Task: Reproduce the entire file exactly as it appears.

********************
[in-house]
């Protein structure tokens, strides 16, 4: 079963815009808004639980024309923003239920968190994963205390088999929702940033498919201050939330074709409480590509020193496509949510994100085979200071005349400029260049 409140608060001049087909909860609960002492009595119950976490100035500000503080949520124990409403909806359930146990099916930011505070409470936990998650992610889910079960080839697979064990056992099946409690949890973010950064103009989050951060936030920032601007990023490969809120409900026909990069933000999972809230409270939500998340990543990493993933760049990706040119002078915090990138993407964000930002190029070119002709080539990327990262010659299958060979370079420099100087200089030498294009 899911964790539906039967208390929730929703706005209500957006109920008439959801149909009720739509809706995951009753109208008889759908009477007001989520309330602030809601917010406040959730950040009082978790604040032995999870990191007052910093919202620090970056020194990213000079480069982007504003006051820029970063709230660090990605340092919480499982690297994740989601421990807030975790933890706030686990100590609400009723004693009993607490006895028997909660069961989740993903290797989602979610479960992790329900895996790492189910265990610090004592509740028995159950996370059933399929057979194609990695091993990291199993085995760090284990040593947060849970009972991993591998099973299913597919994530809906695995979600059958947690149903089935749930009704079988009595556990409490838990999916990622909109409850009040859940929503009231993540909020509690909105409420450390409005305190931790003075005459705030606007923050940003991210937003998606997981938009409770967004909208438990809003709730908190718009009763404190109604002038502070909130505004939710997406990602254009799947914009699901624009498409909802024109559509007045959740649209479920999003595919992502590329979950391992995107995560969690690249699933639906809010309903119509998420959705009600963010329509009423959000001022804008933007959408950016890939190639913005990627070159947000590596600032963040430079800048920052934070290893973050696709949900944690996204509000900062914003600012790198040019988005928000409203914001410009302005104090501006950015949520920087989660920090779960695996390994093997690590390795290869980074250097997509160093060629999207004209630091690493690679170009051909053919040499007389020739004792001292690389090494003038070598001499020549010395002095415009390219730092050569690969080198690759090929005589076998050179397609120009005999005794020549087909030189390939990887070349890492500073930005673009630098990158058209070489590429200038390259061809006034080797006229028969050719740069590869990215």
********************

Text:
[in-house]
């Protein structure tokens, strides 16, 4: 079963815009808004639980024309923003239920968190994963205390088999929702940033498919201050939330074709409480590509020193496509949510994100085979200071005349400029260049 409140608060001049087909909860609960002492009595119950976490100035500000503080949520124990409403909806359930146990099916930011505070409470936990998650992610889910079960080839697979064990056992099946409690949890973010950064103009989050951060936030920032601007990023490969809120409900026909990069933000999972809230409270939500998340990543990493993933760049990706040119002078915090990138993407964000930002190029070119002709080539990327990262010659299958060979370079420099100087200089030498294009 899911964790539906039967208390929730929703706005209500957006109920008439959801149909009720739509809706995951009753109208008889759908009477007001989520309330602030809601917010406040959730950040009082978790604040032995999870990191007052910093919202620090970056020194990213000079480069982007504003006051820029970063709230660090990605340092919480499982690297994740989601421990807030975790933890706030686990100590609400009723004693009993607490006895028997909660069961989740993903290797989602979610479960992790329900895996790492189910265990610090004592509740028995159950996370059933399929057979194609990695091993990291199993085995760090284990040593947060849970009972991993591998099973299913597919994530809906695995979600059958947690149903089935749930009704079988009595556990409490838990999916990622909109409850009040859940929503009231993540909020509690909105409420450390409005305190931790003075005459705030606007923050940003991210937003998606997981938009409770967004909208438990809003709730908190718009009763404190109604002038502070909130505004939710997406990602254009799947914009699901624009498409909802024109559509007045959740649209479920999003595919992502590329979950391992995107995560969690690249699933639906809010309903119509998420959705009600963010329509009423959000001022804008933007959408950016890939190639913005990627070159947000590596600032963040430079800048920052934070290893973050696709949900944690996204509000900062914003600012790198040019988005928000409203914001410009302005104090501006950015949520920087989660920090779960695996390994093997690590390795290869980074250097997509160093060629999207004209630091690493690679170009051909053919040499007389020739004792001292690389090494003038070598001499020549010395002095415009390219730092050569690969080198690759090929005589076998050179397609120009005999005794020549087909030189390939990887070349890492500073930005673009630098990158058209070489590429200038390259061809006034080797006229028969050719740069590869990215």